Three of county’s earliest soldiers get new grave markers
GAVERS – Three men who served the country and later returned to our area were honored Sunday with new grave markers in the New Lebanon Presbyterian Church cemetery.
James Figgins, a Revolutionary War veteran; John McMillen, a War of 1812 veteran; and Richard Lesnet, a Civil War veteran either had no grave marker or it was not marked to reflect their military service. On Sunday, new markers were dedicated.
Mary Davis, who researched all the veterans buried in the cemetery, gave a history about what she was able to learn about each of the men to the 52 people who attended.
James Figgins, who later in life owned an 80-acre farm in Wayne Township, was born on July 23, 1763 in Westmoreland County, Va., which meant he was only 13 when he served in the war. Davis points out many soldiers lied about their age to get into the military and some records show he was born in 1758. He served as a private under General Baron Von Steuben in the Virginia line.
Figgins would marry a woman named Mary, who also went by the name Molly, and lived the later days of his life on the farm in Wayne Township. He died at age 90.
Johns McMillen fought in the War of 1812 in a militia calvary unit under Daniel Harbaugh of Lisbon in group known as the Light Dragoons. Little is known about him, except he married a woman named Anna and died at the home of his son, John, at the age of 87.
Richard Lesnet fought in the Civil War and died at his brother’s home in 1864 near the end of the war. Davis said Lesnet was born in 1818, the sixth of nine children and he married Sarah Sherman. The couple had three children, but Sarah died in 1858 and one of the daughters also died within a few years of her. Lesnet took his remaining two children, Lee and Nancy Jane, and moved for a time to Illinois, before returning to the area.
While Lesnet lived with his brother, Shepley, he enlisted in the Union army, the Invalid Corps of Company D, Seventh Regiment in Franklin Township, then later transferred to Company H of the 33 Illinois Infantry. He left Lee, age 13, and Nancy Jane, 16, behind when he enlisted.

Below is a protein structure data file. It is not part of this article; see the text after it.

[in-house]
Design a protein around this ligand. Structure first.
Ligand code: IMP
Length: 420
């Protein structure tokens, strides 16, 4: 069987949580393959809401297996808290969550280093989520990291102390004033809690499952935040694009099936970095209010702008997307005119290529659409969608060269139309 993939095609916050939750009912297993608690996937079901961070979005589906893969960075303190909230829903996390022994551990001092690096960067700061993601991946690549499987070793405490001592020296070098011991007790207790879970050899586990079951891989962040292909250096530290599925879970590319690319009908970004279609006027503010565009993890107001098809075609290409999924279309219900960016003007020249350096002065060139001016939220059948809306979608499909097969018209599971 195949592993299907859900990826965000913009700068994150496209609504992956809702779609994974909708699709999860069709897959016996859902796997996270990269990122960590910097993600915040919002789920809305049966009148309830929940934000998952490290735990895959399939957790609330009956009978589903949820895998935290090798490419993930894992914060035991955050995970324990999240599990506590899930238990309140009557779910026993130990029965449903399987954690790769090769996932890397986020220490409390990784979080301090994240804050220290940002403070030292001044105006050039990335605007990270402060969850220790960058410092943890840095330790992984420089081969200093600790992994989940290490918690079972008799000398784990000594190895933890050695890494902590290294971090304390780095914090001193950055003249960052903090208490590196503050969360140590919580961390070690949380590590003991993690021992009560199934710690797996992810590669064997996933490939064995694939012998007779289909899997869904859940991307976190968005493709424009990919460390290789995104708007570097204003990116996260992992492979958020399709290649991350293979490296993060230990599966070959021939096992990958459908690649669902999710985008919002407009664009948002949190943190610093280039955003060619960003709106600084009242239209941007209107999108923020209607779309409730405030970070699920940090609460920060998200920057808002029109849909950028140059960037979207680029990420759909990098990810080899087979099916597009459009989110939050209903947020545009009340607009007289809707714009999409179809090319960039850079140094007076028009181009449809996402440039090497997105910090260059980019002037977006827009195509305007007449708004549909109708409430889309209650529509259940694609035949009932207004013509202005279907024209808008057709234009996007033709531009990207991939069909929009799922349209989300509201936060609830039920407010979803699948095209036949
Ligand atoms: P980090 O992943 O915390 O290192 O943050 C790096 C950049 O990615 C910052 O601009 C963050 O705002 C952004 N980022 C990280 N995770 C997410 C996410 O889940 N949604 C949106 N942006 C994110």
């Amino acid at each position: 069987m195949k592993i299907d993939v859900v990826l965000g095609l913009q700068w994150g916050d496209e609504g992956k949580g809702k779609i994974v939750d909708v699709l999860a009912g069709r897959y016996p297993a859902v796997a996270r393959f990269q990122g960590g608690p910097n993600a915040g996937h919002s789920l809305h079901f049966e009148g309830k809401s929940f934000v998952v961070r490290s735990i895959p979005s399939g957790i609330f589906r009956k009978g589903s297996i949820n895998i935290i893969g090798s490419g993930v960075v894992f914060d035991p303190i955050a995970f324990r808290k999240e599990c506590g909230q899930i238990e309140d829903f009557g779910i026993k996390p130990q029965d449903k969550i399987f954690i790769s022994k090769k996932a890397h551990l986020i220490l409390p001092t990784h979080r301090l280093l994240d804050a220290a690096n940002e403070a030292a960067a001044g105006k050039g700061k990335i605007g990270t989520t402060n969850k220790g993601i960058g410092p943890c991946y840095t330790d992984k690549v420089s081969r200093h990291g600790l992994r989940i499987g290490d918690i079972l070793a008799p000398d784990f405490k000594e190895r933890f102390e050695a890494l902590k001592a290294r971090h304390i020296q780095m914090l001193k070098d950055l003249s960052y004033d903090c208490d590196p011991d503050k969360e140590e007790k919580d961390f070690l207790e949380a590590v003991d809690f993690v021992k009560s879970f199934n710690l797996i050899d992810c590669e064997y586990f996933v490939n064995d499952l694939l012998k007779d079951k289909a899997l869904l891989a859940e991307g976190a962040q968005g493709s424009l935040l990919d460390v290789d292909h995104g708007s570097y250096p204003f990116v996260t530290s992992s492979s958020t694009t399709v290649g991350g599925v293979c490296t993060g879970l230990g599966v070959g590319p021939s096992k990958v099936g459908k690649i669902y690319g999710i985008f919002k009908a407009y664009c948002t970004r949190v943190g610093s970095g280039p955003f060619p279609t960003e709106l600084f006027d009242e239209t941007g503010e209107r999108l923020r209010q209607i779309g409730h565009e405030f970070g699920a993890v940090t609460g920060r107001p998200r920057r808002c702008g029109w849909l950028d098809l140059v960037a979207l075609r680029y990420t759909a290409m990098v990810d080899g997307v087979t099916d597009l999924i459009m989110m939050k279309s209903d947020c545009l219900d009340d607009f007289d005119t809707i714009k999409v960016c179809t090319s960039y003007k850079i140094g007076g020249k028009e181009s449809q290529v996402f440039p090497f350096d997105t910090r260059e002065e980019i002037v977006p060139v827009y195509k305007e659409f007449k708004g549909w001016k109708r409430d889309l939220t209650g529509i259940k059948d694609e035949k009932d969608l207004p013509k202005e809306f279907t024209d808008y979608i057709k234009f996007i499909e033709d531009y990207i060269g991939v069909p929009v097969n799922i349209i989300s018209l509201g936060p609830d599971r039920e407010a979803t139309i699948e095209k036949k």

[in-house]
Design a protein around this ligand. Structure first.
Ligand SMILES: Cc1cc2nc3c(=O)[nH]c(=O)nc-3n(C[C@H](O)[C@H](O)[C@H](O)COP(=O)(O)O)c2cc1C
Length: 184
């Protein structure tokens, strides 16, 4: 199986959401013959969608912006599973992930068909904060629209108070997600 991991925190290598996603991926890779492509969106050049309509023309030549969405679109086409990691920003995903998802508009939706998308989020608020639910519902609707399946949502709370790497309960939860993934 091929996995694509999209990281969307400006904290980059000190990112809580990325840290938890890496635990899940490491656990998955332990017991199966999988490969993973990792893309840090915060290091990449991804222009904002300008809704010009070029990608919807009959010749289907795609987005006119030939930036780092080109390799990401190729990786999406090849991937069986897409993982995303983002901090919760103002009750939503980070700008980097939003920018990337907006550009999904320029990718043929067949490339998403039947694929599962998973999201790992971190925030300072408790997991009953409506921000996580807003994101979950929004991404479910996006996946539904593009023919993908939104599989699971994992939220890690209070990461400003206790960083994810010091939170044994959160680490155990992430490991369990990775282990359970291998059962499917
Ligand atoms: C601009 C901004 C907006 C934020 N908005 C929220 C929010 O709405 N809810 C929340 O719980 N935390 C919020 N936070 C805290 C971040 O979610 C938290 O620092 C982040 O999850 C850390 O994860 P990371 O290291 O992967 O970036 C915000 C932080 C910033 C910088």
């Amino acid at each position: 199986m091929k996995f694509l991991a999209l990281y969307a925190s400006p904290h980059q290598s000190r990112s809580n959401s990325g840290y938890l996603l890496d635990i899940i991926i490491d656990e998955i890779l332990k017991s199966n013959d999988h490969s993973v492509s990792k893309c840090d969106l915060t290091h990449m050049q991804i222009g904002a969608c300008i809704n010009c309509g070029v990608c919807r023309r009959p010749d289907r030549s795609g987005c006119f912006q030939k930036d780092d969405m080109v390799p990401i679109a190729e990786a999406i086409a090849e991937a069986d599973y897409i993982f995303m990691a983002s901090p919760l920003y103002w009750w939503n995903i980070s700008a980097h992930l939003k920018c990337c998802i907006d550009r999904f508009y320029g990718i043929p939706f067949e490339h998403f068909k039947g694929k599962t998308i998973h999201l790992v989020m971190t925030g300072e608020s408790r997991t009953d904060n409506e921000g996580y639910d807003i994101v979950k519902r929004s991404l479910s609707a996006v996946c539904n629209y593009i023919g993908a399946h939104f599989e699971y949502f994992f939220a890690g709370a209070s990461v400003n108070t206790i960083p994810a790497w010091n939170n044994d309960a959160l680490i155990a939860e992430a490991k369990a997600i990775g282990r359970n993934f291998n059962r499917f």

Besides giving the stories of the three veterans, Davis took the time to read the list of all the veterans buried in the New Lebanon cemetery:
Milo Brown, Army 1948-1949; Joseph Chambers, Civil War; John Charles Ewing, Army, World War II; Robert Fife, Civil War; John Graham, War of 1812; George W. Grooms, Civil War; Phurriott E. Henry Jr, Korean and Vietnam Conflicts; David Martin, War of 1812; Hugh Martin, War of 1812;
John McGeehen, Civil War; Nicholas Miku, Army 1976-1978; Junior C. Morris, Army 1964-1966; Donald W. Roseburg, Army 1943-1945 and 1946-1949; Oliver Shook, Civil War; Roy W. Toley, Air Force World War II; Joseph R. Weston, Marines, World War II and Korean Conflict.
A Vietnam veteran himself, Joseph Hendricks gave the closing remarks and benediction. He described the years when the three men served during the first 100 years of this country.
“The people were starved for freedom,” Hendricks said, “the wonderful freedom we have today, the wonderful liberty we have today and the wonderful justice we have today… We pray for peace here today, no only for our country, but all over the world.”